The Heituo Mountain hike is one of the more recent additions to our repertoire of hikes, and it took us a little while to find all the trails. This time we walked all the trails we planned to instead of making off-track adventures, and can report back that it is a solid Level 5+ hike—17km with 1,500m+ of ascent, and some truly gruelling hill climbs!
Click through to see the photos from the steep hike up to the top, our high-altitude picnic area, and the long walk through the wild valleys around the back of the mountain.
Starting out on the hike. Way in the background you can see the sharp ridge of Heituo Mountain’s peak
Blossoms in the fields, and colours starting to show in the low hills.
Water bubbles from these rocks. Our local guide’s family used to come up here to pray for rain.
Long-time super hiker Andrea was in Beijing for a short visit, pictured here posing on an old kiln that was used to make charcoal.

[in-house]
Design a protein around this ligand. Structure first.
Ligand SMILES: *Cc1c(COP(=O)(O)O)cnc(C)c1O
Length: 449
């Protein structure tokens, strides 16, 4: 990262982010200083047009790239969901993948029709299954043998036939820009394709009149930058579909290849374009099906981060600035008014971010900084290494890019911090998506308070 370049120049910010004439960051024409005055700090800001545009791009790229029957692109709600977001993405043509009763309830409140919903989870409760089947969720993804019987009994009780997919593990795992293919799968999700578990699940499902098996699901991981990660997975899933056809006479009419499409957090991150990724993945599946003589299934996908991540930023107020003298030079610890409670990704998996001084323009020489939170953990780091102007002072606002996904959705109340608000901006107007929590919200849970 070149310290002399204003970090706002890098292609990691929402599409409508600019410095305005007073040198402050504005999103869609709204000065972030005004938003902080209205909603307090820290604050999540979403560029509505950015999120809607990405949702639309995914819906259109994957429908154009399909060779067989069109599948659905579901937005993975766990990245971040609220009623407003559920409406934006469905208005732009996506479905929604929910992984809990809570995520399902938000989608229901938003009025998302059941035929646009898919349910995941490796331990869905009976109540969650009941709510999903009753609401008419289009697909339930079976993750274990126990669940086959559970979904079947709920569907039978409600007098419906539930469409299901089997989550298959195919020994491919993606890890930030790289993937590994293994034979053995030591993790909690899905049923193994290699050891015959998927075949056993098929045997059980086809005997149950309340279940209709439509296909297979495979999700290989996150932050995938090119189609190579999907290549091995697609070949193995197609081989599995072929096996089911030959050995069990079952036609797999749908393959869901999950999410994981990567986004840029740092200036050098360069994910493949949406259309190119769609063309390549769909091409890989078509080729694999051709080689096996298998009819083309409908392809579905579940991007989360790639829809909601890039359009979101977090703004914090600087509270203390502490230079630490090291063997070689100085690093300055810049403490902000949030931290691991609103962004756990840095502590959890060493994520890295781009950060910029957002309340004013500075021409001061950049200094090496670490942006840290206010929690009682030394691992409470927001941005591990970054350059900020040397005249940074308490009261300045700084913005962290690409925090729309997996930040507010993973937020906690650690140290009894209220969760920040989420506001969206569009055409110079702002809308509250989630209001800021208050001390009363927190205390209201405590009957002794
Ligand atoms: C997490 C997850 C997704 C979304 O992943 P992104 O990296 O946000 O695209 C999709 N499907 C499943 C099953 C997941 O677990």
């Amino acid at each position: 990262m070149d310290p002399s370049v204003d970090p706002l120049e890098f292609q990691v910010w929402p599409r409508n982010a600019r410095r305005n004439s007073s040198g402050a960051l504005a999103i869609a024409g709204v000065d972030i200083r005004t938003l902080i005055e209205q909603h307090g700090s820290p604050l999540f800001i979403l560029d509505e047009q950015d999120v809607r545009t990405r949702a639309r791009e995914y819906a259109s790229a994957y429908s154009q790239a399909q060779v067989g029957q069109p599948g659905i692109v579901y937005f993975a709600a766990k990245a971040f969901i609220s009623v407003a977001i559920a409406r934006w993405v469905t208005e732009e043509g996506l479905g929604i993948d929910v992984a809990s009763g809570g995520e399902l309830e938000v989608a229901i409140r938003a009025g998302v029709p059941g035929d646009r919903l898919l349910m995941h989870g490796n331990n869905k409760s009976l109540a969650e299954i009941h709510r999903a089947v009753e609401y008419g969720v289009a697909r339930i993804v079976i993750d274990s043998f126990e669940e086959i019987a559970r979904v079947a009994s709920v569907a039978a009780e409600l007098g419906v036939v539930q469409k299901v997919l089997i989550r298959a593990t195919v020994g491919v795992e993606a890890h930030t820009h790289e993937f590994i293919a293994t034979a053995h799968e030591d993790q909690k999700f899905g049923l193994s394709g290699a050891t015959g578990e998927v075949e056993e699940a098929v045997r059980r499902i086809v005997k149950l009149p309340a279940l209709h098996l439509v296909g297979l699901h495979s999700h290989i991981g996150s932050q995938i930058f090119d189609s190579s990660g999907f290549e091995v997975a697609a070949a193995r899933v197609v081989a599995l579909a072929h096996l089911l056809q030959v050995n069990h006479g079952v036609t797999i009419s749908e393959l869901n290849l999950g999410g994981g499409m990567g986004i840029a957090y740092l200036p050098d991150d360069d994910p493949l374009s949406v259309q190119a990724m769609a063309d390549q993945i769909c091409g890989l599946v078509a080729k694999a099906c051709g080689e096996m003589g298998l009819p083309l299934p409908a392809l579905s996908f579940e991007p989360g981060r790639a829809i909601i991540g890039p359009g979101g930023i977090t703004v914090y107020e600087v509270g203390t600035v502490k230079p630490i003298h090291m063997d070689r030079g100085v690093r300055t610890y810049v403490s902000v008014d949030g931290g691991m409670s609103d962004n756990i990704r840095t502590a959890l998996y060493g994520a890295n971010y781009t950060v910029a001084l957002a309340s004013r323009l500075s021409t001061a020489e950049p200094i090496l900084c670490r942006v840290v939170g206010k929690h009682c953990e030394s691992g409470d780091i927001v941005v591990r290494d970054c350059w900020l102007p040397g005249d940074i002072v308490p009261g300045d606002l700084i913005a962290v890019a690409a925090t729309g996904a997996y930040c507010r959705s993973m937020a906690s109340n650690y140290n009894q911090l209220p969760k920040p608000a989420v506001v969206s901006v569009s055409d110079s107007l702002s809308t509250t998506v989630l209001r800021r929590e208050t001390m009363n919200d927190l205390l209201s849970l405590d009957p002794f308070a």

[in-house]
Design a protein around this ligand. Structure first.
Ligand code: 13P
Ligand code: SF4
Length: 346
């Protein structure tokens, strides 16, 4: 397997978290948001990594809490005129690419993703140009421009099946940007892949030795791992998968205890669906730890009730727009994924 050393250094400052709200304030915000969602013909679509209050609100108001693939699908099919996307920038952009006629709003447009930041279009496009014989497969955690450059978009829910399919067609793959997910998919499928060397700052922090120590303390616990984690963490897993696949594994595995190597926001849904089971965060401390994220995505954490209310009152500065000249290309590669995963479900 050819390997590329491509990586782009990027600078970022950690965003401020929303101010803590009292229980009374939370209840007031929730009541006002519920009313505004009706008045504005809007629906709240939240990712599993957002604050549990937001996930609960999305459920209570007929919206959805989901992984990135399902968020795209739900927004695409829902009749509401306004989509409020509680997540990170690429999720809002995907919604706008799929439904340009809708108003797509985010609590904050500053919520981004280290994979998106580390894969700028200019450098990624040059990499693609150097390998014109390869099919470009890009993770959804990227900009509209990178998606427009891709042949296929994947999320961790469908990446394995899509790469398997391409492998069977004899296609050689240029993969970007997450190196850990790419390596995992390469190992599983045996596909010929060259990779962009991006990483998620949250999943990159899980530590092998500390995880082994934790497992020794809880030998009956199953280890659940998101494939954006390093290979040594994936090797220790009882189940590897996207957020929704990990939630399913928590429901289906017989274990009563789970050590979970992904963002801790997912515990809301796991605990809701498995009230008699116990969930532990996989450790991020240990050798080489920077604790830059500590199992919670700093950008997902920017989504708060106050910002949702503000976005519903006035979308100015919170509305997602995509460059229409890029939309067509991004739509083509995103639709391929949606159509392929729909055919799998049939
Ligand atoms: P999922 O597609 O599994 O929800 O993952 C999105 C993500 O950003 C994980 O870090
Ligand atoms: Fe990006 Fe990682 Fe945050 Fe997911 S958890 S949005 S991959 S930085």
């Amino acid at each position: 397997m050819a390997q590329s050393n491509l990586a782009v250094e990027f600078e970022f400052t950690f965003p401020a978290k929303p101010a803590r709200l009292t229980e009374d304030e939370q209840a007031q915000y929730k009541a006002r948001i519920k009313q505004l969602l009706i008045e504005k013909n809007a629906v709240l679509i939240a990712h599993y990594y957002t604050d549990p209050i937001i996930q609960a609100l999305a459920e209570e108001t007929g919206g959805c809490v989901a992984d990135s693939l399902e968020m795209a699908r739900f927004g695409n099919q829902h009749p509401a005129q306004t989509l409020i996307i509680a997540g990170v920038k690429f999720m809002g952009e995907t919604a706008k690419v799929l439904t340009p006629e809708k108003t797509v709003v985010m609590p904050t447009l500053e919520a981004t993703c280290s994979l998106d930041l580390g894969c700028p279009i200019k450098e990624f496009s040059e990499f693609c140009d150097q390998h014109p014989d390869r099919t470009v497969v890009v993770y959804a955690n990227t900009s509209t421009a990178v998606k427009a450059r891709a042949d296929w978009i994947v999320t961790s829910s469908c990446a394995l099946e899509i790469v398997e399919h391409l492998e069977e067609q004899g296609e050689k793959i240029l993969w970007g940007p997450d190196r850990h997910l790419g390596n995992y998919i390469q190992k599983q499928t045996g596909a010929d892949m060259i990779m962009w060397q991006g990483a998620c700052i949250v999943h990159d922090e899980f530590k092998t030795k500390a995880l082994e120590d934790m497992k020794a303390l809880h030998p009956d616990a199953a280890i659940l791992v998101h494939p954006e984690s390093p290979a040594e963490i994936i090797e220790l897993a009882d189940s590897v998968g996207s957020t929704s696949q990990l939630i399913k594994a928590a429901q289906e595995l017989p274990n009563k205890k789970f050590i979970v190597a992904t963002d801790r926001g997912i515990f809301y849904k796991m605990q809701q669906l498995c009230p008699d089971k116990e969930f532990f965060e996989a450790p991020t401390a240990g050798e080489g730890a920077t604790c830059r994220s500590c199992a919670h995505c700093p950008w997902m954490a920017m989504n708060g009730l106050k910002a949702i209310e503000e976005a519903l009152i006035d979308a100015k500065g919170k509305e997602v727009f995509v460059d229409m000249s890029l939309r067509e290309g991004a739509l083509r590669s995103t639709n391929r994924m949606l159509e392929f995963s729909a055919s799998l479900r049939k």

Heituo Mountain is to the north of the Jiankou Great Wall, and you can see parts of the west side of Jiankou in this photo – Nine-Eyes Tower, the ‘Big West’ wall, and the Chinese Knot.
A closer view of Nine-Eyes Tower with some zoom.
Strange rocks part 1.
Strange rocks part 2.
Strange rocks part 3.
Strange rocks part 4.
Up on the peak, looking south east.
Another group had beaten us to the top, so we moved around the corner.
Looking down towards the villages at Jiankou.
Our picnic spot – a grassy meadow at 1,500m above sea level.
Worth the climb? Definitely.
We moved on along the ridge.
Around the back of the mountain we crossed a short stretch of what is said to be Northern Qi (approx. 550AD) Great Wall. A little bit further along is the foundation of a Ming Dynasty-era tower.
We hiked down through forest into ‘The Valley of the Pigs’.
Another charcoal kiln.
Further down into the valley we entered a white birch forest.
Into the forest.
We hiked down into the valley.
Around the back of the mountain we followed a rough track up to a ridge, passing this boulder that had crushed a tree.
We hiked further up the hill, passing through more forest.
Looking back to the peak of Heituo Mountain.
We had hiked up the valley in the middle of this photo.
About to flower.
A ridgeline trail passed through a pine forest.
Cliffs and bluffs, with Huiarou city in the distance.
We hiked out a concrete road to the end. The roads were built to give easier access for the fire service.